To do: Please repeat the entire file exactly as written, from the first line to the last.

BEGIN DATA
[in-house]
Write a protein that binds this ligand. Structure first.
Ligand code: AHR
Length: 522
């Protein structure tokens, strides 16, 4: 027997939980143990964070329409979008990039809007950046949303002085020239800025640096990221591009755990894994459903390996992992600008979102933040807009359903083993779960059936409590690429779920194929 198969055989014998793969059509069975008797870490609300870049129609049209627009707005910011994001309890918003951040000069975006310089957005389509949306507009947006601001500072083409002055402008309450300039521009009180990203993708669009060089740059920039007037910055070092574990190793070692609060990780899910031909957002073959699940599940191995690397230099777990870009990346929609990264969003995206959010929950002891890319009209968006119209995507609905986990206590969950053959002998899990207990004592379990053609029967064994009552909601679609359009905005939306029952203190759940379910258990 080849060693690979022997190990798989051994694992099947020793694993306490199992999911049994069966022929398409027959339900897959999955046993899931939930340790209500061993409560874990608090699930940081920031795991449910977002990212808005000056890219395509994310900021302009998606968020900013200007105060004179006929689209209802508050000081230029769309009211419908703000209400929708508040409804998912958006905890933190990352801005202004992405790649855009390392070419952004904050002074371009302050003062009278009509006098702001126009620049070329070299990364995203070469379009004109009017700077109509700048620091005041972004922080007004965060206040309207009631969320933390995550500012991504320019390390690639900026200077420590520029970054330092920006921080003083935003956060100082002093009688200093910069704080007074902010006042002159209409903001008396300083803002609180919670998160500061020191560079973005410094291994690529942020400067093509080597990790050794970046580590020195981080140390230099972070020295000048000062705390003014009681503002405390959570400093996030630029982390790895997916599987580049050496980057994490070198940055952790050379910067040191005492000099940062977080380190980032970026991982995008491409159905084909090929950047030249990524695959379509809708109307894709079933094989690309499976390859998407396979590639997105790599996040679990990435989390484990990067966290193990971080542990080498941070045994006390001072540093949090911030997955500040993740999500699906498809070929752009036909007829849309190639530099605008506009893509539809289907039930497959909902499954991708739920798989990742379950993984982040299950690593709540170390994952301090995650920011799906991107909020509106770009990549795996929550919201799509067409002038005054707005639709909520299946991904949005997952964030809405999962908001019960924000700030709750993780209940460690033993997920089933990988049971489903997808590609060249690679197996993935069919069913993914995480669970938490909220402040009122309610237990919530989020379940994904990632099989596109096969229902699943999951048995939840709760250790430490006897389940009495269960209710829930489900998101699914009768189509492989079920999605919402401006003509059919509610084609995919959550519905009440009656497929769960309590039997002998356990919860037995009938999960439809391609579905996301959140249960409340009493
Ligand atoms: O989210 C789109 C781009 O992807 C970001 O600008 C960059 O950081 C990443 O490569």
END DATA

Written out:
[in-house]
Write a protein that binds this ligand. Structure first.
Ligand code: AHR
Length: 522
């Protein structure tokens, strides 16, 4: 027997939980143990964070329409979008990039809007950046949303002085020239800025640096990221591009755990894994459903390996992992600008979102933040807009359903083993779960059936409590690429779920194929 198969055989014998793969059509069975008797870490609300870049129609049209627009707005910011994001309890918003951040000069975006310089957005389509949306507009947006601001500072083409002055402008309450300039521009009180990203993708669009060089740059920039007037910055070092574990190793070692609060990780899910031909957002073959699940599940191995690397230099777990870009990346929609990264969003995206959010929950002891890319009209968006119209995507609905986990206590969950053959002998899990207990004592379990053609029967064994009552909601679609359009905005939306029952203190759940379910258990 080849060693690979022997190990798989051994694992099947020793694993306490199992999911049994069966022929398409027959339900897959999955046993899931939930340790209500061993409560874990608090699930940081920031795991449910977002990212808005000056890219395509994310900021302009998606968020900013200007105060004179006929689209209802508050000081230029769309009211419908703000209400929708508040409804998912958006905890933190990352801005202004992405790649855009390392070419952004904050002074371009302050003062009278009509006098702001126009620049070329070299990364995203070469379009004109009017700077109509700048620091005041972004922080007004965060206040309207009631969320933390995550500012991504320019390390690639900026200077420590520029970054330092920006921080003083935003956060100082002093009688200093910069704080007074902010006042002159209409903001008396300083803002609180919670998160500061020191560079973005410094291994690529942020400067093509080597990790050794970046580590020195981080140390230099972070020295000048000062705390003014009681503002405390959570400093996030630029982390790895997916599987580049050496980057994490070198940055952790050379910067040191005492000099940062977080380190980032970026991982995008491409159905084909090929950047030249990524695959379509809708109307894709079933094989690309499976390859998407396979590639997105790599996040679990990435989390484990990067966290193990971080542990080498941070045994006390001072540093949090911030997955500040993740999500699906498809070929752009036909007829849309190639530099605008506009893509539809289907039930497959909902499954991708739920798989990742379950993984982040299950690593709540170390994952301090995650920011799906991107909020509106770009990549795996929550919201799509067409002038005054707005639709909520299946991904949005997952964030809405999962908001019960924000700030709750993780209940460690033993997920089933990988049971489903997808590609060249690679197996993935069919069913993914995480669970938490909220402040009122309610237990919530989020379940994904990632099989596109096969229902699943999951048995939840709760250790430490006897389940009495269960209710829930489900998101699914009768189509492989079920999605919402401006003509059919509610084609995919959550519905009440009656497929769960309590039997002998356990919860037995009938999960439809391609579905996301959140249960409340009493
Ligand atoms: O989210 C789109 C781009 O992807 C970001 O600008 C960059 O950081 C990443 O490569």